We relaxed into the ride and watched Toronto sleep and marvelled at how many others of us were in cars or on the street at that time in the morning. By the look of some of them, they were simply trying to find their way home from the night before. Given that the traffic was really, really, light, we got to the airport in record time and were in and ready to get in a line up long before our scheduled arrival time. Talk about being ready.
It took a few minutes of figuring out the monitors to be able to determine where we were supposed to go to get checked in, but eventually we did and we made our way over to the check in counters. I thought we were to use the computerized check in stands but Joe went over and spoke to a woman who directed us to a serpentine pathway to a series of check in desks. I rolled over to him while asking whether or not we had to check in electronically.
The woman, who had spoken to Joe, then spoke to me.
Let me stop for a second and ask you a question. Have you ever seen someone’s diversity training just click in a second after they started talking? Me either, but it was funny to see it happen.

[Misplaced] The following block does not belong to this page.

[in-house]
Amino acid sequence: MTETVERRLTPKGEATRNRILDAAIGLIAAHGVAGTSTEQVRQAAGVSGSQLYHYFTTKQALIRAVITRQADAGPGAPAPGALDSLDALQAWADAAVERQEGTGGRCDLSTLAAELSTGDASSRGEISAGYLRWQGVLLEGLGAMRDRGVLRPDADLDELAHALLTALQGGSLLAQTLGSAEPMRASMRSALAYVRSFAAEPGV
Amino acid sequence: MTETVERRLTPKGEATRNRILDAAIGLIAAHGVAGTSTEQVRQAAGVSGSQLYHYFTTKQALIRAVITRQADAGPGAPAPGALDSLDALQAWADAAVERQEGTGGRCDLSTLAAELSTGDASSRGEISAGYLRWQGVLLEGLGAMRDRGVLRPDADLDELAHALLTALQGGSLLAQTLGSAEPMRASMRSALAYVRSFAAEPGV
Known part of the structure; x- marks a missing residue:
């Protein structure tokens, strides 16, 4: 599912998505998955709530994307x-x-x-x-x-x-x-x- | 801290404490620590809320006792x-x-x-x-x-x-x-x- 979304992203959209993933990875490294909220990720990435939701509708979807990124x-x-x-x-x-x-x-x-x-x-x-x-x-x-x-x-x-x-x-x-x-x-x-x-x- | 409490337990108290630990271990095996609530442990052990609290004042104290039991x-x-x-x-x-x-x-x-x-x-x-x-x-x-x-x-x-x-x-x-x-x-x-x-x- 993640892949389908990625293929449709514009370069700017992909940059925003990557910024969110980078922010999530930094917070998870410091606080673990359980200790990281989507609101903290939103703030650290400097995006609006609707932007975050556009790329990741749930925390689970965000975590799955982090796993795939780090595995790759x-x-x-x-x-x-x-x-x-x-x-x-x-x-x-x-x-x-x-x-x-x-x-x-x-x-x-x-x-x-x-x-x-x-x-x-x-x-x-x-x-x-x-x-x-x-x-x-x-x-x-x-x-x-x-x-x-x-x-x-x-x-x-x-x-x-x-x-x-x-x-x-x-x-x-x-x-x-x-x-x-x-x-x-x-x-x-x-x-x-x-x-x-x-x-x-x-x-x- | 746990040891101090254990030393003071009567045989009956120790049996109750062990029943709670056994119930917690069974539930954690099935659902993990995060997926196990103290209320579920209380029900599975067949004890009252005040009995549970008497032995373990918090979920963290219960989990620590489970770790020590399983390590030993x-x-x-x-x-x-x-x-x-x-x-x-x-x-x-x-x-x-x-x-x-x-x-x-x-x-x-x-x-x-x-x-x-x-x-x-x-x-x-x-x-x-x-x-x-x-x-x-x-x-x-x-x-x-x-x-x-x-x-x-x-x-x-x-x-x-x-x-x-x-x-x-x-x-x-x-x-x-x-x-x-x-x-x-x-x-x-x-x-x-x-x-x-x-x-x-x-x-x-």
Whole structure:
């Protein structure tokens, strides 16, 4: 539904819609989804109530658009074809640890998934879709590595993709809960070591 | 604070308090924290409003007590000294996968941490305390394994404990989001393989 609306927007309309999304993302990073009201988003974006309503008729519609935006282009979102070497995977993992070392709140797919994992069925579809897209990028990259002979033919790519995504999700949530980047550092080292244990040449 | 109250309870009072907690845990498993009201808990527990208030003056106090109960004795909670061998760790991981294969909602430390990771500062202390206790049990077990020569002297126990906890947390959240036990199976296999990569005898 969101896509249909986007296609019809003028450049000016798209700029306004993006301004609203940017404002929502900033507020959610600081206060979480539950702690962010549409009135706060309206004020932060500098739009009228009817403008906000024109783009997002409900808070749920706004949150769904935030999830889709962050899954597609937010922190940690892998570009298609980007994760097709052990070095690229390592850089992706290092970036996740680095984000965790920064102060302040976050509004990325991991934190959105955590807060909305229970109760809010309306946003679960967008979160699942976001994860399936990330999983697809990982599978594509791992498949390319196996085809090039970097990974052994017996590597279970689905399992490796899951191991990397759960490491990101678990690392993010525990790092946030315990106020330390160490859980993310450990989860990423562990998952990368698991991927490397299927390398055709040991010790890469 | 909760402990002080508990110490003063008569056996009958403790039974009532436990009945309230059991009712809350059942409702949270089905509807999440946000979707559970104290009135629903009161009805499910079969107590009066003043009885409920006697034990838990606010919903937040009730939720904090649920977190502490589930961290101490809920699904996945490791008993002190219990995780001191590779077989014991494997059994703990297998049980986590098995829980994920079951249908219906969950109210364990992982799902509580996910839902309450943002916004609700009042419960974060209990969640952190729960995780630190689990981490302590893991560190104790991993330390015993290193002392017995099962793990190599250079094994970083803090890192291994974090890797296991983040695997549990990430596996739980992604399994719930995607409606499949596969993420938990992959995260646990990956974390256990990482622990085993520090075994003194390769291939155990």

She said, “Wheeeee …” starting the word, “Wheelchairs …” while indicating, “go here” with her hand. But she didn’t say that and the “eeeeee” part of the world just stretched out. She knew, probably from some training she had with some trainer somewhere, that she shouldn’t refer to people as “wheelchairs” but she was stuck, she’d started the word. But then, her eyes sparkled, she’d figured out what to say.
“Wheeeeeee ..,” she began but finished with … “….llll, help you here.
“We’ll help you here,”
A good save.
Joe and I glanced at each other and held back our laughter. We wanted to give her the impression that we didn’t notice, because it was a really, really, good save.